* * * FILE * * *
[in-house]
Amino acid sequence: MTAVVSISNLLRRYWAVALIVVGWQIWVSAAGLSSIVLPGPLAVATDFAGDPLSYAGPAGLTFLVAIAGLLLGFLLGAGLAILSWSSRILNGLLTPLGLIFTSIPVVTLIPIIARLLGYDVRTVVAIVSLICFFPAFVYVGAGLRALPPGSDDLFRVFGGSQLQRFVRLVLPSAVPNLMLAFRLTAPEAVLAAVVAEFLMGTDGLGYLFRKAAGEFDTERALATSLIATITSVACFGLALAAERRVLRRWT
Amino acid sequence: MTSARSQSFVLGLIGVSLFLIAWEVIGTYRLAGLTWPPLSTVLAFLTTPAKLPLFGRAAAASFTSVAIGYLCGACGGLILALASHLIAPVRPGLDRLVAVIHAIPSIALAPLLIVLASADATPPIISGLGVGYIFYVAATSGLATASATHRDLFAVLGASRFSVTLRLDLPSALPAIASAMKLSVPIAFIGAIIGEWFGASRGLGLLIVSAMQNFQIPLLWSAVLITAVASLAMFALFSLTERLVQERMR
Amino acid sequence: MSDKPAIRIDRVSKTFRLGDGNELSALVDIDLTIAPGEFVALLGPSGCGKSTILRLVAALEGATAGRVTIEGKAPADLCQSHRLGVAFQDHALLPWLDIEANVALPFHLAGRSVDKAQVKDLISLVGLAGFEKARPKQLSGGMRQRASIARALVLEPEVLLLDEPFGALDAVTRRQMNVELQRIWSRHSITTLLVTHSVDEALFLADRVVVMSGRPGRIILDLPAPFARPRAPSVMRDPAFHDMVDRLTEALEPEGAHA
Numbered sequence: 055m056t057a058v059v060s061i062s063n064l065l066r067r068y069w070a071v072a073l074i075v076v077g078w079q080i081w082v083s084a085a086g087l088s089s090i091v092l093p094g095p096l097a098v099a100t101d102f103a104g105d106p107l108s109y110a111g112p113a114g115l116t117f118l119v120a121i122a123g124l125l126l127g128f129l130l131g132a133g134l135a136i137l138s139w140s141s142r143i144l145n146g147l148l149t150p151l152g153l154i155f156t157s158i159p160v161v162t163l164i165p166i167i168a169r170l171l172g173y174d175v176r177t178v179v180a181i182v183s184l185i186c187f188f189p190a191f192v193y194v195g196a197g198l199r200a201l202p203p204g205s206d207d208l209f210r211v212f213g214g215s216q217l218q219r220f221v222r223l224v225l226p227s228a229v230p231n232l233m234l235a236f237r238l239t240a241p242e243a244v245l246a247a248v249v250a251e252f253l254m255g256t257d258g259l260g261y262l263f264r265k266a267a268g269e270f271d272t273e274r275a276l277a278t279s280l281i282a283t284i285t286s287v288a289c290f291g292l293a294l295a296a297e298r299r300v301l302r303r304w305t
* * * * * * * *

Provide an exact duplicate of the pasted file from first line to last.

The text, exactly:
[in-house]
Amino acid sequence: MTAVVSISNLLRRYWAVALIVVGWQIWVSAAGLSSIVLPGPLAVATDFAGDPLSYAGPAGLTFLVAIAGLLLGFLLGAGLAILSWSSRILNGLLTPLGLIFTSIPVVTLIPIIARLLGYDVRTVVAIVSLICFFPAFVYVGAGLRALPPGSDDLFRVFGGSQLQRFVRLVLPSAVPNLMLAFRLTAPEAVLAAVVAEFLMGTDGLGYLFRKAAGEFDTERALATSLIATITSVACFGLALAAERRVLRRWT
Amino acid sequence: MTSARSQSFVLGLIGVSLFLIAWEVIGTYRLAGLTWPPLSTVLAFLTTPAKLPLFGRAAAASFTSVAIGYLCGACGGLILALASHLIAPVRPGLDRLVAVIHAIPSIALAPLLIVLASADATPPIISGLGVGYIFYVAATSGLATASATHRDLFAVLGASRFSVTLRLDLPSALPAIASAMKLSVPIAFIGAIIGEWFGASRGLGLLIVSAMQNFQIPLLWSAVLITAVASLAMFALFSLTERLVQERMR
Amino acid sequence: MSDKPAIRIDRVSKTFRLGDGNELSALVDIDLTIAPGEFVALLGPSGCGKSTILRLVAALEGATAGRVTIEGKAPADLCQSHRLGVAFQDHALLPWLDIEANVALPFHLAGRSVDKAQVKDLISLVGLAGFEKARPKQLSGGMRQRASIARALVLEPEVLLLDEPFGALDAVTRRQMNVELQRIWSRHSITTLLVTHSVDEALFLADRVVVMSGRPGRIILDLPAPFARPRAPSVMRDPAFHDMVDRLTEALEPEGAHA
Numbered sequence: 055m056t057a058v059v060s061i062s063n064l065l066r067r068y069w070a071v072a073l074i075v076v077g078w079q080i081w082v083s084a085a086g087l088s089s090i091v092l093p094g095p096l097a098v099a100t101d102f103a104g105d106p107l108s109y110a111g112p113a114g115l116t117f118l119v120a121i122a123g124l125l126l127g128f129l130l131g132a133g134l135a136i137l138s139w140s141s142r143i144l145n146g147l148l149t150p151l152g153l154i155f156t157s158i159p160v161v162t163l164i165p166i167i168a169r170l171l172g173y174d175v176r177t178v179v180a181i182v183s184l185i186c187f188f189p190a191f192v193y194v195g196a197g198l199r200a201l202p203p204g205s206d207d208l209f210r211v212f213g214g215s216q217l218q219r220f221v222r223l224v225l226p227s228a229v230p231n232l233m234l235a236f237r238l239t240a241p242e243a244v245l246a247a248v249v250a251e252f253l254m255g256t257d258g259l260g261y262l263f264r265k266a267a268g269e270f271d272t273e274r275a276l277a278t279s280l281i282a283t284i285t286s287v288a289c290f291g292l293a294l295a296a297e298r299r300v301l302r303r304w305t